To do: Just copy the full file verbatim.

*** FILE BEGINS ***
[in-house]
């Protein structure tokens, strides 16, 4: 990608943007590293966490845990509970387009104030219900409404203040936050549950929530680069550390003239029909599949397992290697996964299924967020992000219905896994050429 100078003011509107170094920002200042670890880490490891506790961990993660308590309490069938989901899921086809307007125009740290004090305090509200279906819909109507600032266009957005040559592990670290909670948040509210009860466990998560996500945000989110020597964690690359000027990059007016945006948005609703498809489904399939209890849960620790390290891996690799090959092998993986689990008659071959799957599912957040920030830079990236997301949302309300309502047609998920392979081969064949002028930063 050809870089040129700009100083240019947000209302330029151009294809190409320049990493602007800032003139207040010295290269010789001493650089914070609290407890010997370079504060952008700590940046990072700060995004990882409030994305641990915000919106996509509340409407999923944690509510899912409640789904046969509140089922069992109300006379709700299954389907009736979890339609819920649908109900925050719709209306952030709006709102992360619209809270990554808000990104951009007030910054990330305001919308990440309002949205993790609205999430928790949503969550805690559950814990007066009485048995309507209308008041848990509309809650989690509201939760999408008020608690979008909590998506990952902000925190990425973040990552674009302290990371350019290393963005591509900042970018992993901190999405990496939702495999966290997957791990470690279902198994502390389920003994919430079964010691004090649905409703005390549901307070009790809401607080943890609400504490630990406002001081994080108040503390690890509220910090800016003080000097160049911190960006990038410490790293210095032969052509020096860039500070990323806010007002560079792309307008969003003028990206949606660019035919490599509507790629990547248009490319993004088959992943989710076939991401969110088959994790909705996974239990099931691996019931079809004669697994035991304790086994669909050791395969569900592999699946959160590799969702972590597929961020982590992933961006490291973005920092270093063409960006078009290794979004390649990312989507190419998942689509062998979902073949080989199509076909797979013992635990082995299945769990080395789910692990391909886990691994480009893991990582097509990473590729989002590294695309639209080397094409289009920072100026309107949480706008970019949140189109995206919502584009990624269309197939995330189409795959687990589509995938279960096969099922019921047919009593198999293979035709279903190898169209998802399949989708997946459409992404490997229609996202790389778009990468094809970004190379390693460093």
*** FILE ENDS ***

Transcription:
[in-house]
């Protein structure tokens, strides 16, 4: 990608943007590293966490845990509970387009104030219900409404203040936050549950929530680069550390003239029909599949397992290697996964299924967020992000219905896994050429 100078003011509107170094920002200042670890880490490891506790961990993660308590309490069938989901899921086809307007125009740290004090305090509200279906819909109507600032266009957005040559592990670290909670948040509210009860466990998560996500945000989110020597964690690359000027990059007016945006948005609703498809489904399939209890849960620790390290891996690799090959092998993986689990008659071959799957599912957040920030830079990236997301949302309300309502047609998920392979081969064949002028930063 050809870089040129700009100083240019947000209302330029151009294809190409320049990493602007800032003139207040010295290269010789001493650089914070609290407890010997370079504060952008700590940046990072700060995004990882409030994305641990915000919106996509509340409407999923944690509510899912409640789904046969509140089922069992109300006379709700299954389907009736979890339609819920649908109900925050719709209306952030709006709102992360619209809270990554808000990104951009007030910054990330305001919308990440309002949205993790609205999430928790949503969550805690559950814990007066009485048995309507209308008041848990509309809650989690509201939760999408008020608690979008909590998506990952902000925190990425973040990552674009302290990371350019290393963005591509900042970018992993901190999405990496939702495999966290997957791990470690279902198994502390389920003994919430079964010691004090649905409703005390549901307070009790809401607080943890609400504490630990406002001081994080108040503390690890509220910090800016003080000097160049911190960006990038410490790293210095032969052509020096860039500070990323806010007002560079792309307008969003003028990206949606660019035919490599509507790629990547248009490319993004088959992943989710076939991401969110088959994790909705996974239990099931691996019931079809004669697994035991304790086994669909050791395969569900592999699946959160590799969702972590597929961020982590992933961006490291973005920092270093063409960006078009290794979004390649990312989507190419998942689509062998979902073949080989199509076909797979013992635990082995299945769990080395789910692990391909886990691994480009893991990582097509990473590729989002590294695309639209080397094409289009920072100026309107949480706008970019949140189109995206919502584009990624269309197939995330189409795959687990589509995938279960096969099922019921047919009593198999293979035709279903190898169209998802399949989708997946459409992404490997229609996202790389778009990468094809970004190379390693460093």